Oregon State Representative Brad Witt made an unannounced visit to Vernonia on March 29, 2013 and took time to sit down with Vernonia’s Voice to talk about the current legislative session in Salem and some of the bills he is currently working on.
Witt is a Democratic member of the Oregon House of Representatives from District 31. He has been representing most of Columbia County and parts of Clatsop and Multnomah counties since 2007.
We started out talking about gun control. According to Witt, he doubts that any gun control bill will pass in Oregon this session. “When we arrived at the Capital I think it was common knowledge that some form of gun control would be passed this session,” said Witt. “Every session before we get to Salem, there are bills that are going to be that sessions highlight and run right through the legislature. But the flip side is that every single session there are some of them that just fall off the wagon. Gun Control is one of those this time.” Witt went on to say that he believes there is a critical mass around universal background checks and there could be a chance before the end of the session for a bill that included that could come out. Witt also noted that in his opinion the people that are writing anti-gun legislation do not have a good background on the issue and write things that “…is clearly untrue,” and that the 2nd Amendment supporters also go too far. “Somewhere in the middle there is probably room for settlement and universal background checks is probably that middle ground.” Witt also noted that a lot needs to be done on the federal level to create a central depository for information to do those checks.
Witt talked about the fact that throughout his legislative career he has worked to pass legislation that protect consumers against fraud, protects communities against the lawless and protects those that don’t have a voice-either people with little means or animals.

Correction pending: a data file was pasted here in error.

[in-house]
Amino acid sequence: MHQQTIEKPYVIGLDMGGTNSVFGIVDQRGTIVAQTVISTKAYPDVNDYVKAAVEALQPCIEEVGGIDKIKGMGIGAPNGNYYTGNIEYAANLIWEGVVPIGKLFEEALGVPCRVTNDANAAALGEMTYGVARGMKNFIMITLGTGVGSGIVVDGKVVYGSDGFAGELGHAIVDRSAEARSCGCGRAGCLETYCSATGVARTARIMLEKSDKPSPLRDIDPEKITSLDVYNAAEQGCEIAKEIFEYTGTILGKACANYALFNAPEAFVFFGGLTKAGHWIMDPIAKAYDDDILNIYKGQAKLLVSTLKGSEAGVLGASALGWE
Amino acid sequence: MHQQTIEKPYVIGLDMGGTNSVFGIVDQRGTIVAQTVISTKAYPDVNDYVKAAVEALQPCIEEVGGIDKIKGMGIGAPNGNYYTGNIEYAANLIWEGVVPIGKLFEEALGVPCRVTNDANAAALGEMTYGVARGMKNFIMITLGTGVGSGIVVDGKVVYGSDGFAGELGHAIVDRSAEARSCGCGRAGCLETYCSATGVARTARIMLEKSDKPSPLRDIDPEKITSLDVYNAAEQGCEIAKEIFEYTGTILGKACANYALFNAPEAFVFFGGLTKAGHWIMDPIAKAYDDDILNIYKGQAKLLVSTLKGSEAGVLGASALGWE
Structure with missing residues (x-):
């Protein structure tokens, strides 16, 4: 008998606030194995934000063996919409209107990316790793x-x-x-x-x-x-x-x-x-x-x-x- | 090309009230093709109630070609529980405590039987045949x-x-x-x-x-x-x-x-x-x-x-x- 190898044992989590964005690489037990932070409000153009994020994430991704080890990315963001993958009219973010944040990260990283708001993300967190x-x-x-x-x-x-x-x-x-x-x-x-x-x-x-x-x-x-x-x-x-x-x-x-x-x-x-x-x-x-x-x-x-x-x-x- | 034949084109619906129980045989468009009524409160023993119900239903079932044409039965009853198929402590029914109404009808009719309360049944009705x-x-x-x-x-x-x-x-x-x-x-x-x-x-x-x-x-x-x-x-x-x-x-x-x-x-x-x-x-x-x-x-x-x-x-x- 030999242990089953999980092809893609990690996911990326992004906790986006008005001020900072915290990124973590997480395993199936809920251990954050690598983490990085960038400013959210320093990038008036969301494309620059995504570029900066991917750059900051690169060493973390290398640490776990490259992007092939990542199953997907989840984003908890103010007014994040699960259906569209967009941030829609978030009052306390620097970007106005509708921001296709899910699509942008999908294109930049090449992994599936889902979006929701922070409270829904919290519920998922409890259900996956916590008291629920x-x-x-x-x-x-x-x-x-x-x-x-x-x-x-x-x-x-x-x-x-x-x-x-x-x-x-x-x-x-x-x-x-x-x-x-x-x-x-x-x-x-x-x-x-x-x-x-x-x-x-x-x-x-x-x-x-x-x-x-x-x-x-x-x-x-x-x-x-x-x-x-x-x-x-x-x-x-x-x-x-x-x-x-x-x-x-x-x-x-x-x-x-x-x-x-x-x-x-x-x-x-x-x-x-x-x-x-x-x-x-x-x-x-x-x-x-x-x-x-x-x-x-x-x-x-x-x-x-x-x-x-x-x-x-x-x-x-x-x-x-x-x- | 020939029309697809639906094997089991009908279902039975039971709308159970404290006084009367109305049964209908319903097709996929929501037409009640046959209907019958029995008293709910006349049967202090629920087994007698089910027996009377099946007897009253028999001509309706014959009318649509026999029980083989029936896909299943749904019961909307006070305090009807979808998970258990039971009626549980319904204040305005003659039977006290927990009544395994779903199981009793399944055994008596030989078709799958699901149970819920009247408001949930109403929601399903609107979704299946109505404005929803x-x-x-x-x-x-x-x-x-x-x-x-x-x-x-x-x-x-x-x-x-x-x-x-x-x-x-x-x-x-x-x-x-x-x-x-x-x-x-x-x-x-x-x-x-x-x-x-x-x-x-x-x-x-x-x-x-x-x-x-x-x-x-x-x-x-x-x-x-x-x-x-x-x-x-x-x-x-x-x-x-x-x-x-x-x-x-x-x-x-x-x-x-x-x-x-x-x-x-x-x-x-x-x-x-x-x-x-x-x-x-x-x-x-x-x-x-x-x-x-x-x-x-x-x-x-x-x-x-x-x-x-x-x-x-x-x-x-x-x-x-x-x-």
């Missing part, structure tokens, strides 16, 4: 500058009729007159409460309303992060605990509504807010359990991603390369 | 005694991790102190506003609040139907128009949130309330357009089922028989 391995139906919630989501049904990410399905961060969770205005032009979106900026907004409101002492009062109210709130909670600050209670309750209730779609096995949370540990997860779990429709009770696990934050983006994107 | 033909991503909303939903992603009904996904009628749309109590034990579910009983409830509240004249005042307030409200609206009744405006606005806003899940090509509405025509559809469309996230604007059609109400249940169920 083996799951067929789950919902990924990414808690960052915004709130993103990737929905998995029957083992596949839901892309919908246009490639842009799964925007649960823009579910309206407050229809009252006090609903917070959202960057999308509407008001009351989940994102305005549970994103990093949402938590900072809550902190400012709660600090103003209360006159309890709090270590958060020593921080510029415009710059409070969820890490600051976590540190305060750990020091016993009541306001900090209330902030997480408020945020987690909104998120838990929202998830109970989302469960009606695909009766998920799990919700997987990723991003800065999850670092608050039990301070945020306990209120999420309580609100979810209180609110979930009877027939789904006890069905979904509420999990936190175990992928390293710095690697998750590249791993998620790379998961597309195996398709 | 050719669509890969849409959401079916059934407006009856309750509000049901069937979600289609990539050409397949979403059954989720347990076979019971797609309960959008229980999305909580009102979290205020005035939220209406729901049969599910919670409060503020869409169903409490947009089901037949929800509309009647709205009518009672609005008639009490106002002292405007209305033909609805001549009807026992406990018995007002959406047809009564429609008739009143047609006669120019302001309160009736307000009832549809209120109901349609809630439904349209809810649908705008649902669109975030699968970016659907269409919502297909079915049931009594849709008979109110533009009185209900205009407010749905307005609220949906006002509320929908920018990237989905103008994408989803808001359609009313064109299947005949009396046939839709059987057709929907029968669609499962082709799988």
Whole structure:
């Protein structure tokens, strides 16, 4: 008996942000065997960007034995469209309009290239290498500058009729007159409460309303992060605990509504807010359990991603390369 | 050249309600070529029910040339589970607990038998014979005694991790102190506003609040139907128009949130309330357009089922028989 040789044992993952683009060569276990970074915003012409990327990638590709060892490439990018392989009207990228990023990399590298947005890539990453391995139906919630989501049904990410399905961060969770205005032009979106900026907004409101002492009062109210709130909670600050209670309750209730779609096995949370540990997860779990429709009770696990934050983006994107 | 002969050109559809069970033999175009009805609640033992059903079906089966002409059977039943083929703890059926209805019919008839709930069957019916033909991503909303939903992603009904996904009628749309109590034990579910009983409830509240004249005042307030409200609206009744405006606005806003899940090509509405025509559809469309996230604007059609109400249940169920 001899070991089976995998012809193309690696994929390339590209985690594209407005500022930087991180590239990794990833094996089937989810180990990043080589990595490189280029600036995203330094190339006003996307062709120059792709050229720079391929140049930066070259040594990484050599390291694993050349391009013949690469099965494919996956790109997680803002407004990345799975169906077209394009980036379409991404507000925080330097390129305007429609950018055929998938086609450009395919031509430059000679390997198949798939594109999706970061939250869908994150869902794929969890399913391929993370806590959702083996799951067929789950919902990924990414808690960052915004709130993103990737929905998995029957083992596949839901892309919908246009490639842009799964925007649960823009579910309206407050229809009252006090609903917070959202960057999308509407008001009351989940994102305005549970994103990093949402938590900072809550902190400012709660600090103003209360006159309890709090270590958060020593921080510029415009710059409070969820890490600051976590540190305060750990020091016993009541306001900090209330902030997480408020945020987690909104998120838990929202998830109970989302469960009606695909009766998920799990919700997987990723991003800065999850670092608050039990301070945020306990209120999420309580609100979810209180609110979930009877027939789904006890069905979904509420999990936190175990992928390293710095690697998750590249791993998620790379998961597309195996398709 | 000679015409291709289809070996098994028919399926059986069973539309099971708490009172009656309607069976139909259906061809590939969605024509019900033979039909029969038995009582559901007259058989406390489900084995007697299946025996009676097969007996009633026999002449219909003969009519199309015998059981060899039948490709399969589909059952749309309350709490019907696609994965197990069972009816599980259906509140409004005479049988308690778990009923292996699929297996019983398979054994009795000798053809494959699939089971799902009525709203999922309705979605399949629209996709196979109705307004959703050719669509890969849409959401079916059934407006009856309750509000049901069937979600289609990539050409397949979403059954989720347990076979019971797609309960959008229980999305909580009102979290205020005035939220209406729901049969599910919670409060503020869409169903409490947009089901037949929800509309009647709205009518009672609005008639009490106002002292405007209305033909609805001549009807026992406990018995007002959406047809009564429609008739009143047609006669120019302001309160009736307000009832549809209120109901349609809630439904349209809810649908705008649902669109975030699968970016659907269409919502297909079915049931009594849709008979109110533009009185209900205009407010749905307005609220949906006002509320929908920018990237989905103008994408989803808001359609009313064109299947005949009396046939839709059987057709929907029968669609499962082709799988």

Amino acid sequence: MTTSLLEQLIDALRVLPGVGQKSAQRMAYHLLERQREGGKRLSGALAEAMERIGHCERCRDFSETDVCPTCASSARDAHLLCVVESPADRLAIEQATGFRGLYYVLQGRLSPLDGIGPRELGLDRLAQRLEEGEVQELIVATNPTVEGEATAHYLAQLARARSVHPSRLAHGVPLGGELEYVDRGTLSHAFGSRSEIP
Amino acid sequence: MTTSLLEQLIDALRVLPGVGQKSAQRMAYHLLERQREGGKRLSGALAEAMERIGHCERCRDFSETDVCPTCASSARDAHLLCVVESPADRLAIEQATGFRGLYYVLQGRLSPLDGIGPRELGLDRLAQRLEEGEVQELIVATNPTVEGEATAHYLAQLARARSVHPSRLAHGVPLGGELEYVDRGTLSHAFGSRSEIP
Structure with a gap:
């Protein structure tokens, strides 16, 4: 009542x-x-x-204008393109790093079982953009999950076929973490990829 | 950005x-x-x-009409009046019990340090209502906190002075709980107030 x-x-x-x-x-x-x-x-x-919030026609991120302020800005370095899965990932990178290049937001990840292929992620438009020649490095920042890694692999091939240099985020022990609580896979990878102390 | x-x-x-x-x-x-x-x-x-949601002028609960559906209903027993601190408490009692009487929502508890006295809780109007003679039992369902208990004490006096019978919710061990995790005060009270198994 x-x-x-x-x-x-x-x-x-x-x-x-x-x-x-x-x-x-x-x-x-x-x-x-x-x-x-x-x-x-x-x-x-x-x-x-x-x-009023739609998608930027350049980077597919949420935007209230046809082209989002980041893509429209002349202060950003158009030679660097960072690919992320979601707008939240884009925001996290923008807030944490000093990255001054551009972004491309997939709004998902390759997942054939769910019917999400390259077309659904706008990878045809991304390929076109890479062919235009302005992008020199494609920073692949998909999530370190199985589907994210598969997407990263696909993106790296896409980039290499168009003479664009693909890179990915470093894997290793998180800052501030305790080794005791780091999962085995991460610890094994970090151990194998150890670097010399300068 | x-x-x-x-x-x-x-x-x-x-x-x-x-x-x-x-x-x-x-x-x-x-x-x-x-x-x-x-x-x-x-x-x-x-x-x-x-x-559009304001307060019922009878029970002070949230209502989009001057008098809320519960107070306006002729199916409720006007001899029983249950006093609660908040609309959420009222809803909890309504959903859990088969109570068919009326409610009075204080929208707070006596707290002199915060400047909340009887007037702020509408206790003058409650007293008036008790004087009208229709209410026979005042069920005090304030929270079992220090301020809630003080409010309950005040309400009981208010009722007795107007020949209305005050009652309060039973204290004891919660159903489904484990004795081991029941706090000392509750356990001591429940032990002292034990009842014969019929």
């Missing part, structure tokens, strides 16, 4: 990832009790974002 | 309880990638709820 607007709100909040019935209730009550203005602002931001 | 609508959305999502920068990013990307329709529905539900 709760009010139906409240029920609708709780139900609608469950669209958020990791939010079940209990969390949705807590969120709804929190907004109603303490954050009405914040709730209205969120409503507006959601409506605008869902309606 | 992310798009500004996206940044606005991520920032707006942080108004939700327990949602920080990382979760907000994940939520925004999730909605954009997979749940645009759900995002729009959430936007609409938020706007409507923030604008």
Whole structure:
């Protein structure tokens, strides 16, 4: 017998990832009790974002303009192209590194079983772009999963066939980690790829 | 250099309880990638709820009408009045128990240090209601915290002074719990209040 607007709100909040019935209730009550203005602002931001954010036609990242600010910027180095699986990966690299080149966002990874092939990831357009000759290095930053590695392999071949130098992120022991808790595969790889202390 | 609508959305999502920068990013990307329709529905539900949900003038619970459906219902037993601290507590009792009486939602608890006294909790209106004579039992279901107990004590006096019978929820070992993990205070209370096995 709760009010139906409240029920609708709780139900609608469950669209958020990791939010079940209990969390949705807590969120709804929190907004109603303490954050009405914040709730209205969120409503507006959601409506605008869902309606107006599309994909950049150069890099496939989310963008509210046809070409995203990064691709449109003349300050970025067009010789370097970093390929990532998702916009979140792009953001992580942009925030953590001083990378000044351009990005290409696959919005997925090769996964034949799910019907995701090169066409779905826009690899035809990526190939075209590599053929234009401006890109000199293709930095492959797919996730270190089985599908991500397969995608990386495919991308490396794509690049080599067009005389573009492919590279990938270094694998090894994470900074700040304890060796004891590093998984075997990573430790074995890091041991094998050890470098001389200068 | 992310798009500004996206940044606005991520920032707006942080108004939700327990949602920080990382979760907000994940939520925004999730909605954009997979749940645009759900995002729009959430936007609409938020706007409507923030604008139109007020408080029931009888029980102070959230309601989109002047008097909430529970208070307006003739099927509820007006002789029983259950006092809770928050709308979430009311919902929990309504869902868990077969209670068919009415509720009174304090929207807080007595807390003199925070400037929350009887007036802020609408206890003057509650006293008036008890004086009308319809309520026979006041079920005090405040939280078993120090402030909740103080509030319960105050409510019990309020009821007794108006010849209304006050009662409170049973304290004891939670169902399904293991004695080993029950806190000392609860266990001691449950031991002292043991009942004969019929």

This session Witt has three public safety type bills he is working on.
The first is focused on impacting the problem of human trafficking, which Witt describes as “…a growing problem, which may be growing only because our awareness is growing, the problem has been there all along.” Witts says the bill is designed to levy much harsher penalties on the perpetrators of this type of crime. Witt noted that discussion around the issue of penalties have led to further discussion about how to halt the problem altogether. Witt believes there may be an opportunity for Oregon to lead the way on impacting this global problem.
The second bill Witt proposed was a studded tire fee when they are sold to cover the damage each tire would be expected to cause to Oregon roadways. Witt has since discovered that there is no data to make that computation and the bill has now turned into a study that will provide the information needed to create a fee.
The third bill in the public safety realm is a bill that would ban the self-check-out of alcohol in grocery stores.
Witt also has several bills he is working on to protect those that he describes as “…without a voice.”
The first would create an animal abuse registry. Witt admits animal abusers, like other abusers usually don’t stop unless there is some type of intervention and that even then it may not stop. He also admits that a registry requirement may not be effective in stopping abusers from continuing, but that this bill could impact those who traffic in animals from being able to collect them from animal shelters.